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How People Feel About Diversity And ‘Neighborhood Schools’: It’s Complicated

The Wake County Board of Education has been the subject of intense scrutiny in recent years as it debates issues related to diversity and “neighborhood schools,” and voters are preparing for board elections October 11. But researchers from NC State have found that the issues are more complex than media outlets have made them appear. This is a guest post by those researchers, Dr. Toby Parcel, professor of sociology, and Dr. Andy Taylor, professor of political science.

editor, The Abstract, an online publication at NC State University


Media coverage of Wake County’s assignment policy has been intense since the last school board election in October 2009. During that time, the county’s long-standing diversity policy has been discarded in favor of a yet-to-be-announced policy that will give more weight to parental choice and neighborhood location. One superintendent has resigned over the issue and another has been hired specifically to formulate a new policy.  More money is being raised to fund the candidates’ campaigns this year than has ever been raised for a Wake County School Board election before. Everyone agrees there is much at stake, and that the education of our children is critical to the progress of our community.

Much of the local discussion has centered on whether parents, citizens and candidates favor “diversity” or “neighborhood schools.” These two possibilities have typically been framed as polar opposites. The stark contrast clarifies the issue nicely and gives its politics a tribal quality: people favor either one or the other as a basis for assigning children to schools. There is little room for subtlety or compromise.

Since October 2010, we have been studying attitudes about Wake County schools and the policies that govern them. We have interviewed current and former school board members, community leaders on both sides of the assignment issue, and members of the business community. We have conducted focus groups where citizens explain their varying views and react to one another’s opinions. We have also conducted a survey of a representative sample of over 1,700 Wake County adults in an effort to obtain more detailed information on attitudes towards school assignments, and to gather demographic and other data that might explain why people see these issues the way they do.

Our research shows that the values surrounding school assignments are more complex than they first appear. For example, in addition to having opinions regarding whether diversity or neighborhood schools is the best principle to shape children’s assignments, citizens are concerned with three other things. First, they worry that reassignments for children create challenges for both parents and the children themselves. Second, they worry that reassignments are a threat both to children’s friendships and their learning. Third, they dislike the uncertainty that has been associated with the sometimes lengthy processes through which reassignments have been discussed and eventually decided. These findings suggest that concerns regarding reassignments go well beyond the simplistic notion of favoring a global policy of either “diversity” or “neighborhood schools.”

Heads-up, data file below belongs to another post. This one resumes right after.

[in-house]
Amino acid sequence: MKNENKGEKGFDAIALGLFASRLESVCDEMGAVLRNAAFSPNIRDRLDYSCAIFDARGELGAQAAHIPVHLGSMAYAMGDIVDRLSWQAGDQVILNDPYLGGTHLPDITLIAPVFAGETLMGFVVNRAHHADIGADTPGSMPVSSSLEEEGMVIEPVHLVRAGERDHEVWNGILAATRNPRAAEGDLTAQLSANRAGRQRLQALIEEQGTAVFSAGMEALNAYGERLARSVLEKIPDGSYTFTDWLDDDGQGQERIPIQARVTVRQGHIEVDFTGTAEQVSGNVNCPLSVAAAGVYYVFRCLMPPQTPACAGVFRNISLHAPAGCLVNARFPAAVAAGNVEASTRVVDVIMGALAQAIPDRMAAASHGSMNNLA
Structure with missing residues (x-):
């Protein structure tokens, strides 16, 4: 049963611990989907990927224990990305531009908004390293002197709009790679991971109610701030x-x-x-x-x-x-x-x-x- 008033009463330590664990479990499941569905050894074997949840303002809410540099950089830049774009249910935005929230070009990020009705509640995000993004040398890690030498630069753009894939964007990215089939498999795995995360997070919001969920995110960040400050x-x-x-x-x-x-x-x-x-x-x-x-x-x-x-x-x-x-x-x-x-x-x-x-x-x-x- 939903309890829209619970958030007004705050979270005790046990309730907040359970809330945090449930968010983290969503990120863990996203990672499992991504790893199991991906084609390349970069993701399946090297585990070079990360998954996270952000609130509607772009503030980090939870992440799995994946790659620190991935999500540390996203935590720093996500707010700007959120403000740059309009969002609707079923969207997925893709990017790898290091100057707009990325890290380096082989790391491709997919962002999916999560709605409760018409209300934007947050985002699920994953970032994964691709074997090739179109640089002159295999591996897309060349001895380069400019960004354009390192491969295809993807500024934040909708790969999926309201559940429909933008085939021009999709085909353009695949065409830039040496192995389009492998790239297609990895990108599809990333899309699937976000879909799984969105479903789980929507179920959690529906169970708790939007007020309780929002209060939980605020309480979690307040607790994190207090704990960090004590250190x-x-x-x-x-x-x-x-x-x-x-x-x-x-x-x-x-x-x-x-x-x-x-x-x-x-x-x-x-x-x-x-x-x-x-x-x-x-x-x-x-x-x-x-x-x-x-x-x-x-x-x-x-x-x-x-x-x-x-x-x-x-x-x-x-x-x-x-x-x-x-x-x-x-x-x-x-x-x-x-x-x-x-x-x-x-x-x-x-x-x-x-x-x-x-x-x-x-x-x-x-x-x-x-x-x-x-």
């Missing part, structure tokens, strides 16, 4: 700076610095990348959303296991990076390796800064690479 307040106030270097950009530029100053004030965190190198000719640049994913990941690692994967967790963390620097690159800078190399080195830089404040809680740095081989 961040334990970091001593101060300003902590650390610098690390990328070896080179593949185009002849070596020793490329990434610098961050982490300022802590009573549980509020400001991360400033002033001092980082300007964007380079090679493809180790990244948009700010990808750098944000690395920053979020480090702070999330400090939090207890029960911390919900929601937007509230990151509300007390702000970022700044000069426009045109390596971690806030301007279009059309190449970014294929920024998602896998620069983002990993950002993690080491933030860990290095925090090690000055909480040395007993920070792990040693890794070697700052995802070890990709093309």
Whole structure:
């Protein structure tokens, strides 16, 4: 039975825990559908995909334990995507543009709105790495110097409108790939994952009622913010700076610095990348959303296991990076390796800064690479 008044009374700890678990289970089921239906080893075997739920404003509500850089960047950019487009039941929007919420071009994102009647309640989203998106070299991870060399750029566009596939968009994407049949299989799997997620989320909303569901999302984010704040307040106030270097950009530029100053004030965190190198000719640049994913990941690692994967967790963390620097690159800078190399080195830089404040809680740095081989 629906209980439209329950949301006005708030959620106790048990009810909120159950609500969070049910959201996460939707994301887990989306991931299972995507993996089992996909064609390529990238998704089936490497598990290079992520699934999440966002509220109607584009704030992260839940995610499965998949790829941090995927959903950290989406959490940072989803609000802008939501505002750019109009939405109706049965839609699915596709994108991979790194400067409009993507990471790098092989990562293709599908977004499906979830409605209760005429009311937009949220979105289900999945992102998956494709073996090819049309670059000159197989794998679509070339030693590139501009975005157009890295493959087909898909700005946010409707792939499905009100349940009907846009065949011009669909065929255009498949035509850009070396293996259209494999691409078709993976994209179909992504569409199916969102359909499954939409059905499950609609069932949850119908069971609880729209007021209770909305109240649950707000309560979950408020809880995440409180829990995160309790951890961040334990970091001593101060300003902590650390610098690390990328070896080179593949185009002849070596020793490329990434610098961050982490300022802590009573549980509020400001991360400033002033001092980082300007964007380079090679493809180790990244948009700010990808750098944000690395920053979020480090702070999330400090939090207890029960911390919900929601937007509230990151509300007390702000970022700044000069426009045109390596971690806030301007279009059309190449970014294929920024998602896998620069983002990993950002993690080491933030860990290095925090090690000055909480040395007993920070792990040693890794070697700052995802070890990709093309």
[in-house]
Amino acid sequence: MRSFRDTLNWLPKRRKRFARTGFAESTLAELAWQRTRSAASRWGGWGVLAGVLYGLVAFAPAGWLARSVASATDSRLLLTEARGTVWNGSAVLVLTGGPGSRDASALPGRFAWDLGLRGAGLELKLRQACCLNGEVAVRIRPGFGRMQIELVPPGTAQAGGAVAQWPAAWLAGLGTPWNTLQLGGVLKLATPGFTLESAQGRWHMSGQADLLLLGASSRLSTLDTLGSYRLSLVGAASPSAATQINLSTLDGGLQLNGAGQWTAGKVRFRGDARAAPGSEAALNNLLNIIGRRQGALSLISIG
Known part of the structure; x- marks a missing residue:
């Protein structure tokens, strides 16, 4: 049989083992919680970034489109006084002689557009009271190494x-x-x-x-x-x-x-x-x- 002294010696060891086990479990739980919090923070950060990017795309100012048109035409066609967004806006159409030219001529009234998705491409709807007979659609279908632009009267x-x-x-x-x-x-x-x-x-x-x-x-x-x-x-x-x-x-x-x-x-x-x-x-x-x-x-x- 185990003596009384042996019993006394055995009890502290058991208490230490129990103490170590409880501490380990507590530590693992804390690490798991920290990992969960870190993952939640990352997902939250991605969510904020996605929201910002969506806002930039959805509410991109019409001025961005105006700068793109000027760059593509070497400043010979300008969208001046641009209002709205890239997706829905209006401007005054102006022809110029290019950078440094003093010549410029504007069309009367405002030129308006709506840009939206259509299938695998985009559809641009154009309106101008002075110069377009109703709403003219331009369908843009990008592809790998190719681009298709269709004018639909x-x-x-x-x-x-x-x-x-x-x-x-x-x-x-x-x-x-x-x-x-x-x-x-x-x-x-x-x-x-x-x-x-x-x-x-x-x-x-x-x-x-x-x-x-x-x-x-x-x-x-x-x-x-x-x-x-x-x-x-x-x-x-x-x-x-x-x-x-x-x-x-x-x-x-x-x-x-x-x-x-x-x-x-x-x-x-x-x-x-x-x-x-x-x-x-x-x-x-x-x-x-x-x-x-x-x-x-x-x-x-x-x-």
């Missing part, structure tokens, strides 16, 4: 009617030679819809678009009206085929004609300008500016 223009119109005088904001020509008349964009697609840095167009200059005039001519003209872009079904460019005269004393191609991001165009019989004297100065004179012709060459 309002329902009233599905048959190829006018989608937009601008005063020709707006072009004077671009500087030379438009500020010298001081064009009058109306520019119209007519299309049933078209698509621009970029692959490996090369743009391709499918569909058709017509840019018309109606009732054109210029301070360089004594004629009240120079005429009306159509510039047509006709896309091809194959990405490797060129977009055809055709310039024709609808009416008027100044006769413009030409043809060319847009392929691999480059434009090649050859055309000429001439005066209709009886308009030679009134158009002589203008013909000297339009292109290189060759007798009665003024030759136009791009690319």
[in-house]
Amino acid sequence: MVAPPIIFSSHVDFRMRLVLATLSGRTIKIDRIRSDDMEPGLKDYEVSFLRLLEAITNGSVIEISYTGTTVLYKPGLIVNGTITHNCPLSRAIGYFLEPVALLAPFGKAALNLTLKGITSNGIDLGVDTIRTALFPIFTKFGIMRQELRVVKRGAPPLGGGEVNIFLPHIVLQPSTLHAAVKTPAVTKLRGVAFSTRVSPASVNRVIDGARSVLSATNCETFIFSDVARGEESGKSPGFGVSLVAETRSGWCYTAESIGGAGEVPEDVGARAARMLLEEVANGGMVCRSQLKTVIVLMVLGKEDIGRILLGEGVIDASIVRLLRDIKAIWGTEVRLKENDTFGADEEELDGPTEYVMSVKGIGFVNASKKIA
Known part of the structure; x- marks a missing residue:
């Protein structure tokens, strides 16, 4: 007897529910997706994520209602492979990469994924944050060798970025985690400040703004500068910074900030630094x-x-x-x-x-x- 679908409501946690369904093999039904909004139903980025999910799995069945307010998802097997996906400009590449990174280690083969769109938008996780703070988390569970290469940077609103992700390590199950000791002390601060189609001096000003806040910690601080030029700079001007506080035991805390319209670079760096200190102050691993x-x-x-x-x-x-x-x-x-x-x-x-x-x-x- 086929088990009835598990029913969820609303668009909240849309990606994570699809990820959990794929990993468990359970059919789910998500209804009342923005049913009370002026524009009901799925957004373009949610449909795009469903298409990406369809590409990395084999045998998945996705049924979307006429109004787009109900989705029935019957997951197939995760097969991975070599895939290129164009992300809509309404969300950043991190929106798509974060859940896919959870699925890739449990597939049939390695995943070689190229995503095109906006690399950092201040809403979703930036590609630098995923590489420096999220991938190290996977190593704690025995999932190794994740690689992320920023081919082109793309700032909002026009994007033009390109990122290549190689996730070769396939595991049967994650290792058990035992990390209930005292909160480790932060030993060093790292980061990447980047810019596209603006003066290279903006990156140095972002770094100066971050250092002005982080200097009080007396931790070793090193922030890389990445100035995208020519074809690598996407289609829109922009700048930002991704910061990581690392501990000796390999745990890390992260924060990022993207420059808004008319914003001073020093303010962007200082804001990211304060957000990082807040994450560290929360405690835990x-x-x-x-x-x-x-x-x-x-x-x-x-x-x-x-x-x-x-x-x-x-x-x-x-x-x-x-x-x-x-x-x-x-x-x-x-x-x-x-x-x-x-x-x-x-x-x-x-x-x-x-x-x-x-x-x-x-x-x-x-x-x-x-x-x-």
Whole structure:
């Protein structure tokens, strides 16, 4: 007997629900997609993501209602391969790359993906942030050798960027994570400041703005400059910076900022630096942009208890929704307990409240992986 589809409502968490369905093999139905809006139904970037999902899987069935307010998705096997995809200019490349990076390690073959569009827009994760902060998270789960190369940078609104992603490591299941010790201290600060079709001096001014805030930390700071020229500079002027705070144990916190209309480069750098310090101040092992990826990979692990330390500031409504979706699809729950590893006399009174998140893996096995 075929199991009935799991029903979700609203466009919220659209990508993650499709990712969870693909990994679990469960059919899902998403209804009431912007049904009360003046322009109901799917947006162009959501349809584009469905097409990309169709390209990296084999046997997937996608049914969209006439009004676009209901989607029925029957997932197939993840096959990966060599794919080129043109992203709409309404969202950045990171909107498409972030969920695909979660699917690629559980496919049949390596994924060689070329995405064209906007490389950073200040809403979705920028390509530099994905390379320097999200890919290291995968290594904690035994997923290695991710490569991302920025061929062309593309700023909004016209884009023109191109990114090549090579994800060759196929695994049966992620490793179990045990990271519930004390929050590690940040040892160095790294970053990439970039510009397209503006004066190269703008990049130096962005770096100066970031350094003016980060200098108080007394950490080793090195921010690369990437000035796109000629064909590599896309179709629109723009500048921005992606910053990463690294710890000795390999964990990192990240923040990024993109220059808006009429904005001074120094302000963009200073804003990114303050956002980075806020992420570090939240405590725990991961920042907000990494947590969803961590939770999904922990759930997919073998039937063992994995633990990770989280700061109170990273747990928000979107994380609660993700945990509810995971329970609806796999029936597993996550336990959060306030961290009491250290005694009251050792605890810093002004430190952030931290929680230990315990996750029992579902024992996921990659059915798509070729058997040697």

In addition, we have found that the diversity and neighborhood schools policies are not considered poles of the same single dimension. Our findings suggest that many people prefer neighborhood schools. At the same time, a sizeable subset of these people believe that children learn best when they are in schools and classrooms that are socio-economically and/or racially diverse. Although there is a tendency for those who favor diversity to be less supportive of neighborhood schools, and vice versa, this is not a particularly strong relationship. In short, many people support both concepts – and might even argue that any board assignment policy can and should reflect this.

In the months ahead we will provide additional detail to our findings including who is most likely to favor certain school assignment policies over others. In addition, we will be discussing the kinds of citizens who are most concerned about the challenges and uncertainties of reassignment.

In the meantime, we believe that debates regarding policies guiding student assignments in our public schools should take into account that citizens’ sentiments are more complex than they may have appeared. For the longer term, policies that acknowledge the complexity of these sentiments stand a better chance of enduring as our county faces the important challenge of educating children in the 21st century.